It’s the question plaguing scientists: how is the world going to test, treat and prevent COVID-19?
Biohackers -- also known as citizen or do-it-yourself scientists -- have been working to solve some of the greatest problems in the coronavirus era. Biohackers commonly work outside the bureaucracy of mainstream scientific institutions, share their results and advocate for equal access to scientific knowledge.
The most radical COVID-19 biohacking pursuit has been the development of a vaccine, undertaken by groups in the US.
Californian Josiah Zanyer is one of the more infamous biohackers. Early in the pandemic, he announced his intention to help develop a vaccine. Using a Harvard University paper demonstrating a DNA vaccine that appeared to trigger protective immunity against SARS-CoV-2, the virus that causes COVID-19.
Zanyer is live-streaming his experiment and has even said he may test the vaccine on himself.
“This is the perfect opportunity for biohackers,” he told Bloomberg in June. “We can move science faster.”
Biohackers, like Zanyer, have attracted criticism for being sensationalist and critics say that without regulations, the science can be dangerous.
Fans of biohacking say working outside a regulatory framework has its advantages: experiments can be more creative, discoveries could be fast-tracked, and scientific knowledge is free and public -- so it can be used anywhere around the world.
Dr Andrew Lapworth from the UNSW has studied how biohackers fit into the scientific world and the "real" world. He says biohackers could serve to bridge the gap between the two spheres -- promoting transparency on how science is made and how accessible it can be.
“It’s reshaping where science happens and is a place where innovation is possible,” he told SBS Dateline.
Dr Lapworth said it is unlikely a biohacker would be successful at developing a vaccine.
“Rudimentary labs and a lack of resources mean that a biohacker would need to engage with traditional scientific institutions for that to be possible.”
Meow Ludo Meow Meow is a prominent Sydney-based biohacker who runs citizen science lab, BioFoundry. He agrees that the place of biohackers in the coronavirus narrative may be better served in testing, rather than vaccine development.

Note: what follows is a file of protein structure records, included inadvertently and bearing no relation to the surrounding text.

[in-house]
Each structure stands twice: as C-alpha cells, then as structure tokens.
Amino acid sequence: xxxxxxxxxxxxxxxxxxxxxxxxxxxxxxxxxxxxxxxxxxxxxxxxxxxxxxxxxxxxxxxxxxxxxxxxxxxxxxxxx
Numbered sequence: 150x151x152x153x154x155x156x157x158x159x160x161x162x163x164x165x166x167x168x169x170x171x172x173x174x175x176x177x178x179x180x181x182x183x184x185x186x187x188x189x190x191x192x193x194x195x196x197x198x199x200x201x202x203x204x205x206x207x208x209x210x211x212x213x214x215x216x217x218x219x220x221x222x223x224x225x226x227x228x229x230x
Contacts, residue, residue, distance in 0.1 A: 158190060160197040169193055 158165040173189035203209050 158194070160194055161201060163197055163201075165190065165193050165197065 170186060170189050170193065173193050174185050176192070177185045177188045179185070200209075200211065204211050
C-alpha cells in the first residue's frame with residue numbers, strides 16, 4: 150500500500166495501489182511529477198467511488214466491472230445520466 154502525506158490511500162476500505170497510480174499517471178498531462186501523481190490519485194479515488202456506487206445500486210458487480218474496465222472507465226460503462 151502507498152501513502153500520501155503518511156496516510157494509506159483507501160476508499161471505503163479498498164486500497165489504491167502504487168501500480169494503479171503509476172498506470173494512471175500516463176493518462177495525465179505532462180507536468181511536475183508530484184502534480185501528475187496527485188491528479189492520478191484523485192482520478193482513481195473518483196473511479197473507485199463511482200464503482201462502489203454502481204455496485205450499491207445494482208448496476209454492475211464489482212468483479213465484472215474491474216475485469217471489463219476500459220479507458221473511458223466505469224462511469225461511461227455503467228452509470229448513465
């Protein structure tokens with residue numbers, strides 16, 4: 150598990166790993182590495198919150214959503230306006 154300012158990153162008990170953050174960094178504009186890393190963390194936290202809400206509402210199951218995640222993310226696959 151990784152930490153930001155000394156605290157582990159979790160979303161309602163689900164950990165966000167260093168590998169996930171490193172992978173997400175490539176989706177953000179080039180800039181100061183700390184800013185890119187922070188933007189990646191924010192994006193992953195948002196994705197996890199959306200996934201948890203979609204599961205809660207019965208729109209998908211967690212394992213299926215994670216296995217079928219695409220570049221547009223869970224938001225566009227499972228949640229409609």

“I think that something like that requires a higher level of biosecurity than most biohackers would have access to,” he told SBS Dateline.
Meow has developed his own 30-minute coronavirus test, based on a design published by scientists from the University of Pennsylvania in the US. It involves a technology called LAMP (Loop-Mediated Isothermal Amplification), which basically multiplies the virus so it can be "visualised."
“Our test works the same as a traditional lab test; it looks for the actual virus, not an antibody,” he said.
“So we look for the actual virus and we conduct a chemical reaction that if the virus is present, makes a lot of DNA. We basically take that DNA and we can visualise.”
Meow said that this technology could be used where rapid tests are needed, like airports, cruise ships, fly-in-fly-out worker.
"Basically, anywhere where you need a result on the spot."
Meow is hoping to commercialise his test. He has offered his research to numerous institutions but none of them want to take it further.
"We have such strict laws in this country because it means that any medical device that ends up on a shelf or being sold by a pharmacy has a commitment to quality," he said.
"I would love to commercialise this test in Australia but I don't see a pathway to doing that unless the coronavirus gets bad enough, that they work with us to get the test across the line."
He is open to taking his research overseas, especially in less developed countries where an easy to make testing kit could make a significant difference.
"I'll go overseas to where a country will give me the level of support I need to finish off the test."
“I think we need to embrace alternative ways of thinking and people outside traditional institutions.”